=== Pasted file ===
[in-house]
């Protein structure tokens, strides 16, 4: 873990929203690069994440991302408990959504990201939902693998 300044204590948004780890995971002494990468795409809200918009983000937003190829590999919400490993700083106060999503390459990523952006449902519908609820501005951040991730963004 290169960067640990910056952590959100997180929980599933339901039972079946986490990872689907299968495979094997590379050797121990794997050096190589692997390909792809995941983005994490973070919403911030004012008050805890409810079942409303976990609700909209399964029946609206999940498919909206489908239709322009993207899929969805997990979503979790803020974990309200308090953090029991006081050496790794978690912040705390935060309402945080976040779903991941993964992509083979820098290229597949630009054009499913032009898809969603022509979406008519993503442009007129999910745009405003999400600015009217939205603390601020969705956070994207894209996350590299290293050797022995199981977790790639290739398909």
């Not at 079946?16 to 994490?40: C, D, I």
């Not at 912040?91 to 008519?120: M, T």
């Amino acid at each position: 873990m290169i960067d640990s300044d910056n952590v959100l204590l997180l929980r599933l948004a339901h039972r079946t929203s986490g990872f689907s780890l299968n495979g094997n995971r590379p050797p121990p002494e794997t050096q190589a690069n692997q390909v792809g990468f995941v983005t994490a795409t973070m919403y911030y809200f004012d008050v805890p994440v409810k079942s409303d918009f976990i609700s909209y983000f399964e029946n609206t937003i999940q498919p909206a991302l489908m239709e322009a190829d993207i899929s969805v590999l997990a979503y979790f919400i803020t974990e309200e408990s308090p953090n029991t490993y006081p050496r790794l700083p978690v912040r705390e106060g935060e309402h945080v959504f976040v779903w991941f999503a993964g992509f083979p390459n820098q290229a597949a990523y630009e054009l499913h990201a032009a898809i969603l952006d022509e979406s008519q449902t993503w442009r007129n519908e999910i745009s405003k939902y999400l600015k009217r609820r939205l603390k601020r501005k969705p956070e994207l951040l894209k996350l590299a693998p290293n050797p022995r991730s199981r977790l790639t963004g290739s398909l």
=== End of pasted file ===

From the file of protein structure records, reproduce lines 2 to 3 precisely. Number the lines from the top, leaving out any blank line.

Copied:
């Protein structure tokens, strides 16, 4: 873990929203690069994440991302408990959504990201939902693998 300044204590948004780890995971002494990468795409809200918009983000937003190829590999919400490993700083106060999503390459990523952006449902519908609820501005951040991730963004 290169960067640990910056952590959100997180929980599933339901039972079946986490990872689907299968495979094997590379050797121990794997050096190589692997390909792809995941983005994490973070919403911030004012008050805890409810079942409303976990609700909209399964029946609206999940498919909206489908239709322009993207899929969805997990979503979790803020974990309200308090953090029991006081050496790794978690912040705390935060309402945080976040779903991941993964992509083979820098290229597949630009054009499913032009898809969603022509979406008519993503442009007129999910745009405003999400600015009217939205603390601020969705956070994207894209996350590299290293050797022995199981977790790639290739398909």
């Not at 079946?16 to 994490?40: C, D, I």